1. S. E. San, O. Köysal, and M. Okutan, “Laser-induced dielectric anisotropy of a hybrid liquid crystal composite made up of methyl red and fullerene C60,” Journal of Non-Crystalline Solids, vol. 351, no. 33–36, pp. 2798–2801, 2005. View at Publisher · View at Google Scholar · View at Scopus
  2. M. Okutan, O. Köysal, and S. E. San, “Effect of laser illumination on the electro optical characters of dye doped nematic liquid crystals,” Displays, vol. 24, no. 2, pp. 81–84, 2003. View at Publisher · View at Google Scholar · View at Scopus
  3. M. Okutan, F. Yakuphanoglu, S. E. San, and O. Koysal, “Impedance spectroscopy and dielectric anisotropy-type analysis in dye-doped nematic liquid crystals having different preliminary orientations,” Physica B, vol. 368, no. 1–4, pp. 308–317, 2005. View at Publisher · View at Google Scholar · View at Scopus
  4. E. Şentürk, M. Okutan, S. E. San, and O. Köysal, “Debye type dielectric relaxation in carbon nano-balls' and 4-DMAABCA acid doped E7 coded nematic liquid crystal,” Journal of Non-Crystalline Solids, vol. 354, no. 30, pp. 3525–3528, 2008. View at Publisher · View at Google Scholar · View at Scopus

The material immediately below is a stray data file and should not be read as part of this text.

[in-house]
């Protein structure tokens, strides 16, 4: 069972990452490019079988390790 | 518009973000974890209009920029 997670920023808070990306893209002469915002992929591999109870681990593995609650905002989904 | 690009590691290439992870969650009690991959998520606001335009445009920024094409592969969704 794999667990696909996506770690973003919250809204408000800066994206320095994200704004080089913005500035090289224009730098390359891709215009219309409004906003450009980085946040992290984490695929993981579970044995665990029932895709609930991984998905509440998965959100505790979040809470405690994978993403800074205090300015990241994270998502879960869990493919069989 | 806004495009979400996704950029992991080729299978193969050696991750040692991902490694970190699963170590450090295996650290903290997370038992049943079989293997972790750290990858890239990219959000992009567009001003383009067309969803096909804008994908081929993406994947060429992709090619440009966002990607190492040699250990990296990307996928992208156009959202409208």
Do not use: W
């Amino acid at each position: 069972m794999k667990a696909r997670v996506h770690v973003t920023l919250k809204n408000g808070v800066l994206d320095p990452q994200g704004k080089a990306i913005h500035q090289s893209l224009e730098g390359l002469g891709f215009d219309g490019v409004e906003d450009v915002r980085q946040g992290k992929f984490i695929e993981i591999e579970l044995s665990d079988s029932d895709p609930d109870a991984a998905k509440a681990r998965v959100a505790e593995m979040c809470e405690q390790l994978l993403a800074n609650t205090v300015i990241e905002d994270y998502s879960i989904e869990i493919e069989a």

5. O. Köysal, M. Okutan, M. Durmuş, F. Yakuphanoglu, S. E. San, and V. Ahsen, “Diffraction efficiency and dielectric relaxation properties of nickel phthalocyanine doped nematic liquid crystal,” Synthetic Metals, vol. 156, no. 1, pp. 58–64, 2006. View at Publisher · View at Google Scholar · View at Scopus
  6. S. E. San, M. Okutan, O. Köysal, H. Ono, and N. Kawatsuki, “Dielectric properties of a side-chain liquid crystalline polymer under laser induced circumstances,” Optics Communications, vol. 238, no. 1–3, pp. 79–84, 2004. View at Publisher · View at Google Scholar · View at Scopus
  7. F. Yakuphanoglu, M. Durmuş, M. Okutan, O. Köysal, and V. Ahsen, “The refractive index dispersion and the optical constants of liquid crystal metal-free and nickel(II) phthalocyanines,” Physica B, vol. 373, no. 2, pp. 262–266, 2006. View at Publisher · View at Google Scholar · View at Scopus
  8. S. Matsumoto and I. Kadota, Liquid Crystals-Fundamentals and Applications, Kogyochosakai, Tokyo, Japan, 1991.
  9. K. S. Cole and R. H. Cole, “Dispersion and absorption in dielectrics I. Alternating current characteristics,” The Journal of Chemical Physics, vol. 9, no. 4, pp. 341–351, 1941. View at Scopus
  10. G. G. Raju, Dielectrics in Electric Fields, Marcel Dekker, New York, NY, USA, 2003.
  11. E. Lueder, Liquid Crystal Displays, John Wiley & Sons, 2001.
  12. T. Scheffer and J. Nehring, Applications and Uses in Liquid Crystals, vol. 1, World Scientific, Singapore, 1990.